Suppose that I have played for 2.5 hours continuously and am tired out; then someone says, I'm playing at the wrong level and wants to test me..what can I say?
Ideally, I'd be playing great the whole time, but it's not something that will happen because of the way the club runs, and I don't really want to get into it.
07-12-2004, 02:10 PM #62Originally Posted by TheGr8Two
i guess in the case of the club situation - decline the match if you are too tired. i think your answer can be - "if this is a test, then test me at the beginning of the session when i am fresh, since that will be more indicative of my level."
07-12-2004, 02:15 PM #63
In Quebec, we have 4 levels after the junior levels: Elite, A, B or C. When you suscribe for a tournament, you choose a level. I am a B-player. So, I can try to do the B, A or Elite tournament. I wouldn't be allowed to play in the C-level.
When the season ends, the provincial federation looks at the rankings and decide who may have a promotion to the next level (C to B, B to A or A to Elite). They have finite criterias so it helps to decide (for C to B, x ratings in MS, y ratings in MD or z ratings in XD).
To answer your question, Great, I believe you should evaluate yourself when you play your first game as if you play your first game in a tournament against a seeded player.
07-12-2004, 02:39 PM #64
So the idea to avoid even matchups until the end?
Anyway..regarding the club situation..good point. Just hope that I won't be moved down for declining
Originally Posted by badrad
07-12-2004, 02:43 PM #65
There is insufficient time for warmup..this is club level. So the first game won't go well for some ppl..either myself or my opponents.
Actually..I have an idea...I'll play singles for the game.
Originally Posted by JRMTL
07-12-2004, 07:39 PM #66
I am the champion of the world until I am defeated, and the worst in the world until I win.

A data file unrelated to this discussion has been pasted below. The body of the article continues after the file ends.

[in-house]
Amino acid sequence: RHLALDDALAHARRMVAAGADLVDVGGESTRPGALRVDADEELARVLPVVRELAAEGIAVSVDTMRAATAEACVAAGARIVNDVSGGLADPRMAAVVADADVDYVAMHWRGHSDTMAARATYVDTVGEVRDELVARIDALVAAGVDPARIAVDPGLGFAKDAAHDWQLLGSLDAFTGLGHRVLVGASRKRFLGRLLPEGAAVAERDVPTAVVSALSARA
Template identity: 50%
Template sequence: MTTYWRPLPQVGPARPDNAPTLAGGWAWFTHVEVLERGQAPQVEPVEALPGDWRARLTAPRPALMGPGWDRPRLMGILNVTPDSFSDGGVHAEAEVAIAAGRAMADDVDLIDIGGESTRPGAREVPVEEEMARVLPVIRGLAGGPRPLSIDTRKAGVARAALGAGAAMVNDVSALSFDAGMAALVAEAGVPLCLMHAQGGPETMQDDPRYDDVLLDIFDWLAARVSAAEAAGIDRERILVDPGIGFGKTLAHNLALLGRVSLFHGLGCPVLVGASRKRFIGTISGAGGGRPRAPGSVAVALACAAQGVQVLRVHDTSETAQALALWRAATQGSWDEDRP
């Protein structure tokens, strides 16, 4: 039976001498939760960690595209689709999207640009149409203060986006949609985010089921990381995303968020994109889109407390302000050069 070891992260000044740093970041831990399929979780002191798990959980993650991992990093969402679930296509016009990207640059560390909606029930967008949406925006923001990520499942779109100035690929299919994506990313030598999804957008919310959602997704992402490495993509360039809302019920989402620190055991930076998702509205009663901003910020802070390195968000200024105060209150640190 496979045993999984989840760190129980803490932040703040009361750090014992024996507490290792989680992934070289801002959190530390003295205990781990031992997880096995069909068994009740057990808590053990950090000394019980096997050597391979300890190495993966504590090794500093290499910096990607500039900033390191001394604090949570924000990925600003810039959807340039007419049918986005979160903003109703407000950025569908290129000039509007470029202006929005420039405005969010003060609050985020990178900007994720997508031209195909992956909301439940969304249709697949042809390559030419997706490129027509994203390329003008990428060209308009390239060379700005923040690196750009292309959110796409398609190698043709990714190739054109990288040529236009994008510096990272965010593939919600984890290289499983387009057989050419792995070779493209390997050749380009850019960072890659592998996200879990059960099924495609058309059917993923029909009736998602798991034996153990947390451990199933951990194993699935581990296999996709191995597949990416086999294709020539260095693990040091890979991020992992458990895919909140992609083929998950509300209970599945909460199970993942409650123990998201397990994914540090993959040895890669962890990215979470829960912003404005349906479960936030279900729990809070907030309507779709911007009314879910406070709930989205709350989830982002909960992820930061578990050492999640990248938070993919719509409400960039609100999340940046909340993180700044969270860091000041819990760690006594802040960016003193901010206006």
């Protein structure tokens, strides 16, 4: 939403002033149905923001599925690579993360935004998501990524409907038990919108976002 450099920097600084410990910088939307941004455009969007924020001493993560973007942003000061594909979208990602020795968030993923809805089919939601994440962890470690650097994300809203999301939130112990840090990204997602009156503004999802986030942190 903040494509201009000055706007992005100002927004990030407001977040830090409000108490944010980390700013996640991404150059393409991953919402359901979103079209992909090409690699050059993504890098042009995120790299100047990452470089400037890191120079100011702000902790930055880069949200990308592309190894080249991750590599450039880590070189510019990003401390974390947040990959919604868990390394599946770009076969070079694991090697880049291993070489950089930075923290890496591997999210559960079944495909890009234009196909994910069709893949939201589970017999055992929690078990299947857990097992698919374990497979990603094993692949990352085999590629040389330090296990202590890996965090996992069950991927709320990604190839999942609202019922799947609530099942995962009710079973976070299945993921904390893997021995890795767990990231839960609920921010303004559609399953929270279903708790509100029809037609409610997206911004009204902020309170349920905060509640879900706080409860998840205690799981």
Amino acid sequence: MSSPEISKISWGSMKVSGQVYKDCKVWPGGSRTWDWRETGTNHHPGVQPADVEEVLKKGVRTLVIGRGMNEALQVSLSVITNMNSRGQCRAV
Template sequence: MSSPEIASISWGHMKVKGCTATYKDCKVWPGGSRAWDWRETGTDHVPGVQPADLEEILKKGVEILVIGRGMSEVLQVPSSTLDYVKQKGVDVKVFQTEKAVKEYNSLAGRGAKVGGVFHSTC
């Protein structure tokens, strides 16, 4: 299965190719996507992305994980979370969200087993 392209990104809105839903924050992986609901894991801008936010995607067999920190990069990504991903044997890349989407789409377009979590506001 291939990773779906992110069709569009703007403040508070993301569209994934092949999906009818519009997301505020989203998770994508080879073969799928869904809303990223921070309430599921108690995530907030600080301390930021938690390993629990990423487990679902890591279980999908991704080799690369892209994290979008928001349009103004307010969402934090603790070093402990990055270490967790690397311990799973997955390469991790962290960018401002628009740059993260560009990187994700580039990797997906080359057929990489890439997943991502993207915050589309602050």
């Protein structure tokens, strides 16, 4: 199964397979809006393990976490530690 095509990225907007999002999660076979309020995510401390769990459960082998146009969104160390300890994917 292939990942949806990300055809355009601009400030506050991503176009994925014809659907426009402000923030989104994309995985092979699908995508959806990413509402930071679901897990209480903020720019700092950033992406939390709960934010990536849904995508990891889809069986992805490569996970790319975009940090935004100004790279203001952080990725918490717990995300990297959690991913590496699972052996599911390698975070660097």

Ratings are are kind of cross-reference against other players you may or may not have beaten, which is why I think they are a complete waste of time.
If I were a pro, I really wouldn't be bothered about how I am compared to others. It's not worth brooding on.
07-12-2004, 11:17 PM #67
The easiest way to level yourselves, within your club, is to have everyone do this: rank all the players in your club except yourself. Get the results and then voila! ... your club ranking. if there are 50 of you guys, you can class the top 25% as A, and the bottom 25% as D, or however which way you want to rank it. That should give you and idea where u are with respect to your club.
When playing against strangers, we usually have a levelling session, where the unknowns play a few games and are observed, and then levelled accordingly. The problem with levelling would be that it can be easily fooled by idiots who jjust wanna win at all costs and play bad intentionally so they get a lower class/rank.
Unless there is a national or international effort to level or rank all badminton players, everything will be subjective.
09-01-2004, 10:43 AM #68
Rating of A, B, C and D levels
Going back to Lazybuddy's original question about how someone would rate themselves in this rating system, in the UK, A is supposed to be elite national level players, B are advanced players, C are club players and D beginners.
Realistically, D are players who've been playing a year or two, the majority of club members are C players. There are C-, C and C+ and you can tell the difference when you watch the different levels. C and C+ at the club I used to go to had matches against other clubs but C- didn't.
B players are much stronger players, and most have been playing since they were young and have had coaching and match play throughout high school and university.
There are casual sessions where you can play with people in different levels, and I've noticed C players sometimes have weak backhands, they can't clear from end to end with a high backhand. But B players all have decent backhand smashes, drives and clears. They're also much sharper at net kills.
Many of the B+ players are qualified coaches and you can't really tell them apart from the A players just by watching them play. Their techniques look flawless, but they tend to be older (and usually a bit fatter too because the A players are usually in their early twenties and very fit).
I would guess most of the serious players on this forum would be B or B+ players, with a few A- for those who play for national junior teams.